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25 days to the release of “The Lucky One” (Mid-April)

My 21st century rock harmonica record "The Lucky One" has been mixed and mastered, and we're down to graphics, pressing, and shipping. Graphics will be finished this weekend. After that, it'll take 5-10 days to make the CDs and another 5-10 days to ship to me, after which I will immediately ship CDs and/or digital downloads to all who contributed to my Indiegogo funding campaign. CDs and digital downloads will also be available from the usual suspects--CDBaby, Amazon, iTunes, etc.--at the same time. So we're looking at actual records (physical and/or digital) on the street in 25 days or less.

The original plan was to have this project done before Christmas. I promise everyone who's been waiting that you'll be glad you did, and I thank you sincerely for your patience.

Get ready to rock!

The Lucky One is coming!

Blog, Hunter's Effects, Pro Tips & Techniques, Recommended Artists & Recordings, The Lucky One

How I Recorded “The Lucky One”

I'm planning to do a series of posts describing the specific sounds and techniques I used to record every song on "The Lucky One," and I thought I'd start out by laying out the overall process that took this record from idea to finished recording.

I recorded “The Lucky One” in two basic stages: 1) With the band in the studio, playing the basic tracks for all the songs. 2) In my home studio, recording harmonica, vocal, piano, and organ parts.

The gear

In February of 2016 I bought a designed-for-purpose music laptop computer by Jim Rosenberry of Studio Cat, with 16 GB of RAM, dual core i7 processor, and a huge screen. I bought this machine specifically so I could work on music anywhere, and it went with me every time I was on the road for more than a week in 2016. Starting in March 2016, working from my home offices in CT and Idaho, I sent frequent rough demos and lyrics of potential selections for the record to my producers Ed Abiatti and Mike Brenner.

I used Cakewalk Sonar running on my laptop and a range of virtual instruments, including VB3 for organ sounds, TruePianos Amber for piano, Lounge Lizard for electric pianos, and Cakewalk Studio Bass to create basic band arrangements for the songs, and recorded harp and vocal roughs over those to produce the demos. (I later used Sonar to record the vocal and harp overdubs on the band tracks.) I used a FocusRite Scarlett 2i2 USB audio interface with an Audio Technica AT4050CM5 large-diaphragm condenser or an ElectroVoice Raven dynamic mic to record vocals, and a Digitech RP500 with an Audix Fireball V mic to record the harp parts.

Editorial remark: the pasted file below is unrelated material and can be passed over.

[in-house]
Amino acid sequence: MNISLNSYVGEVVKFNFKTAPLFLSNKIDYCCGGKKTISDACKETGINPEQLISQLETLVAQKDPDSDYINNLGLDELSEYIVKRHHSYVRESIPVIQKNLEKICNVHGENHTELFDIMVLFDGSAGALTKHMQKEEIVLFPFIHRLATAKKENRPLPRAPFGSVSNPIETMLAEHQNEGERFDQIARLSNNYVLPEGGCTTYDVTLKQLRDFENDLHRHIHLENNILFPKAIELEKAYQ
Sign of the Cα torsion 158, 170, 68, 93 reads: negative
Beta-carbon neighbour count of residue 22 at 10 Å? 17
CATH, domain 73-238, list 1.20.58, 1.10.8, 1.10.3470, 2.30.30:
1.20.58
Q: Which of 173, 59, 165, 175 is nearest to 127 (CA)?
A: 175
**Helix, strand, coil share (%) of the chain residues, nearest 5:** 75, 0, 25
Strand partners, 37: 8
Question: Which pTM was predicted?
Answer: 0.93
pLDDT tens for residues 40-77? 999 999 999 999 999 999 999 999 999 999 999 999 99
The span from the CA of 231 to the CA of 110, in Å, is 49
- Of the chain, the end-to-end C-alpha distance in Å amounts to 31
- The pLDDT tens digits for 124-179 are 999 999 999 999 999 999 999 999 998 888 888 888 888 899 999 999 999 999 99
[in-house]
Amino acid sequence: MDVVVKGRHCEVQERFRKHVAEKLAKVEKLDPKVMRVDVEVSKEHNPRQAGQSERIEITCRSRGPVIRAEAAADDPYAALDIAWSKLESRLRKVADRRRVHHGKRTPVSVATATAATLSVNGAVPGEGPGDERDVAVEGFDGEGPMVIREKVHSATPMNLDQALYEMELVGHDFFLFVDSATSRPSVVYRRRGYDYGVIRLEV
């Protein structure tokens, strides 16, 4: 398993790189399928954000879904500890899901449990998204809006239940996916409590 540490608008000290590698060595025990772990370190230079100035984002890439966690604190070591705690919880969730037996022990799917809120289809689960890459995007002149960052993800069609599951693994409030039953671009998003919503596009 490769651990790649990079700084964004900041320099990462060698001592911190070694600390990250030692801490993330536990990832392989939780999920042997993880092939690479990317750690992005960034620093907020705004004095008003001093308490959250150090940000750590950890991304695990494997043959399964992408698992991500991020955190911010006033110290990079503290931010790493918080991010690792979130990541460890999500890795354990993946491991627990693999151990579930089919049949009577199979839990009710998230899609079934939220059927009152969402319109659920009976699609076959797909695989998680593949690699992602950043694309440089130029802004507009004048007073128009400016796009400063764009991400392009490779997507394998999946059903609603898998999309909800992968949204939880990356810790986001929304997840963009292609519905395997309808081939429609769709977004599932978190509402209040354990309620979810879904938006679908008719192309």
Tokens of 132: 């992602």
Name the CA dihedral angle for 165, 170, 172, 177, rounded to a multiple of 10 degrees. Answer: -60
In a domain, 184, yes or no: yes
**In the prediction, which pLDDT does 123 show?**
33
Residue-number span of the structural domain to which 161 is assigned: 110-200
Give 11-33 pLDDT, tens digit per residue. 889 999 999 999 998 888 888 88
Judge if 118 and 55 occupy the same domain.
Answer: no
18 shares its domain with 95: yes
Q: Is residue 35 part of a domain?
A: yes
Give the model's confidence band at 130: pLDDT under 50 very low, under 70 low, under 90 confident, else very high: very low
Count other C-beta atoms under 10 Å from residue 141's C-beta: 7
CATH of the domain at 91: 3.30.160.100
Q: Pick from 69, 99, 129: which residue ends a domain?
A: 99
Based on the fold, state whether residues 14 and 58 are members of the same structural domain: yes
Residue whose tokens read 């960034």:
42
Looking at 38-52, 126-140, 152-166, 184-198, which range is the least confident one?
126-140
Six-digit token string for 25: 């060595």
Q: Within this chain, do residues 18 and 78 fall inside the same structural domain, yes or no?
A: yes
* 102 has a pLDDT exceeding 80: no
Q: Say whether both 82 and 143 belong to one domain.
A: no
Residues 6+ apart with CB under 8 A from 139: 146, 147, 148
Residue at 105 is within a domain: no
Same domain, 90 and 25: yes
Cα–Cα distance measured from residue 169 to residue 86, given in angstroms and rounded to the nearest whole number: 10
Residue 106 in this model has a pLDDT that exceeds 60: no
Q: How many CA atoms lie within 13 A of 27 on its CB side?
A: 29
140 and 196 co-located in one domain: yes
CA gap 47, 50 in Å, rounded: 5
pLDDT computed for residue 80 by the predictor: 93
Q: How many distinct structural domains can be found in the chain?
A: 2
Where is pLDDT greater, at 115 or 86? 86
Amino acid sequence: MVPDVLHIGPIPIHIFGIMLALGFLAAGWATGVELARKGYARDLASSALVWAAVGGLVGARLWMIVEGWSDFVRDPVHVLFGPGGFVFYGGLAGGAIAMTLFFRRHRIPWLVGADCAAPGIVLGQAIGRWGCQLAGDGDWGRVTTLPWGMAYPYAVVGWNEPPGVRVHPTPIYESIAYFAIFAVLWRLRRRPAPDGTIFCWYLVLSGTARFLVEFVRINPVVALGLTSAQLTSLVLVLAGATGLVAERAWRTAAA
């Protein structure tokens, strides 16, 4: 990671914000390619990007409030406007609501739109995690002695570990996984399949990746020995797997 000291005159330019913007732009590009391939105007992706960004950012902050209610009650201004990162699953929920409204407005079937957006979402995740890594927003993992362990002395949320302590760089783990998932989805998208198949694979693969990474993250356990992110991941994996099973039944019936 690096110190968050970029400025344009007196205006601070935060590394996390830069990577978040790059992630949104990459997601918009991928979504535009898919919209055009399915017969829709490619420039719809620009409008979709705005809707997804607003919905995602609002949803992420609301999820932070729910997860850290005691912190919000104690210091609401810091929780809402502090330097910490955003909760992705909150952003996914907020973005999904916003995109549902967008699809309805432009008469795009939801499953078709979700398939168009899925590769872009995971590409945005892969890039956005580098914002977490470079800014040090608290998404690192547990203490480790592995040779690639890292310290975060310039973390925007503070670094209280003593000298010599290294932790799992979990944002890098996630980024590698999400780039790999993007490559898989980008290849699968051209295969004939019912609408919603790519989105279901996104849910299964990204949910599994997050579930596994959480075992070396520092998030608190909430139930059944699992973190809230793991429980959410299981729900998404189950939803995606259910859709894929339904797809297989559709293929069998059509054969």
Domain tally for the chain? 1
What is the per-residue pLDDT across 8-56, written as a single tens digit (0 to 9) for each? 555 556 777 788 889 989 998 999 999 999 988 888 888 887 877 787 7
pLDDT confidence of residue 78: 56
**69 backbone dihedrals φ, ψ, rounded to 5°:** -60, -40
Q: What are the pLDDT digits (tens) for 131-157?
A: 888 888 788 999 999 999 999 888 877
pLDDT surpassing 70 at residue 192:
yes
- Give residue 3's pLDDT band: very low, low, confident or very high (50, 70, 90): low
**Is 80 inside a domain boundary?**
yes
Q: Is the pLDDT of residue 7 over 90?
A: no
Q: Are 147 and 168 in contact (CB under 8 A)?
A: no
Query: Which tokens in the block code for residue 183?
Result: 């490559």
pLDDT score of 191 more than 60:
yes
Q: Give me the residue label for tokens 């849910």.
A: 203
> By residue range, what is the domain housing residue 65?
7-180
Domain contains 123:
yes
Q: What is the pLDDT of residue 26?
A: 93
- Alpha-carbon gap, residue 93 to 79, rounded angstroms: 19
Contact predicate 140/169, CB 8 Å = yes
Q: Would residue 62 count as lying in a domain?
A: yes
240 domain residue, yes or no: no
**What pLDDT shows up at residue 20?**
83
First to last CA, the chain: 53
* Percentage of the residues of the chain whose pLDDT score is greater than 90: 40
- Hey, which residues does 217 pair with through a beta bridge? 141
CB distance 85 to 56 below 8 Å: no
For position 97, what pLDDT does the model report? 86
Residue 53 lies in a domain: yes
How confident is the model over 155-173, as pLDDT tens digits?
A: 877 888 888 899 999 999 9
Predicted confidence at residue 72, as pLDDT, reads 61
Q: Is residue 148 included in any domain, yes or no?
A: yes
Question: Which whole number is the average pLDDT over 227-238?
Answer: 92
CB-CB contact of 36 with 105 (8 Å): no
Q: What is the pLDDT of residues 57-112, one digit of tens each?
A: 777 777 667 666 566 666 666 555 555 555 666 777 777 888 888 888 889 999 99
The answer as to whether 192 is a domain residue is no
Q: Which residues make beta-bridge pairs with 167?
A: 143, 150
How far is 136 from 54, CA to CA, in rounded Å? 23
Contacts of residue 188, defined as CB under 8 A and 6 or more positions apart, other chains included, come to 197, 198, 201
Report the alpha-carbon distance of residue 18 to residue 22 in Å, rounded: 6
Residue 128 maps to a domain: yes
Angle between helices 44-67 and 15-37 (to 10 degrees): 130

That collection of instruments and recording gear with that computer was my essential platform throughout the project, and I’m glad to have it. It’s portable (though relatively heavy and bulky for a laptop), and extremely powerful. Using a Digitech RP for my recording interface meant that I could use almost any RP at any location I happened to be at, load the sounds I needed into it from my computer, and be ready to lay down harp tracks. The computer worked very well, with maximum 10 ms latency in recording mode with the RP500 and under 5 ms with the FocusRite.

Preparing for the sessions

We settled on the songs and arrangements in summer 2016, and I made demos of all the songs in Sonar, packaged those with lyric sheets, and distributed the packages to the band about two and a half weeks before the first recording session.

Beginning on September 19 2016, the band—me on harmonica, Mike Brennan on lap steel, John Cunningham on bass, Mark Schreiber on drums, and Peter Rydberg at the recording console--spent 3 full days and 2 nights in Rydberg's 1935 Studio in Philadelphia recording the songs. The objective was to get great rhythm section performances and some great jams, and we got everything we wanted. I recorded all harmonica tracks using an Audix Fireball V into a Digitech RP500, with the audio output from the RP500 going to the board via stereo XLR. Rydberg loaded up the raw tracks from those sessions on a solid state hard drive and sent them to me. I loaded them into Sonar, song by song. Then I got a rough mix going, which was really pretty easy because the tracks basically sounded good with everything set at unity level.

Doing the Overdubs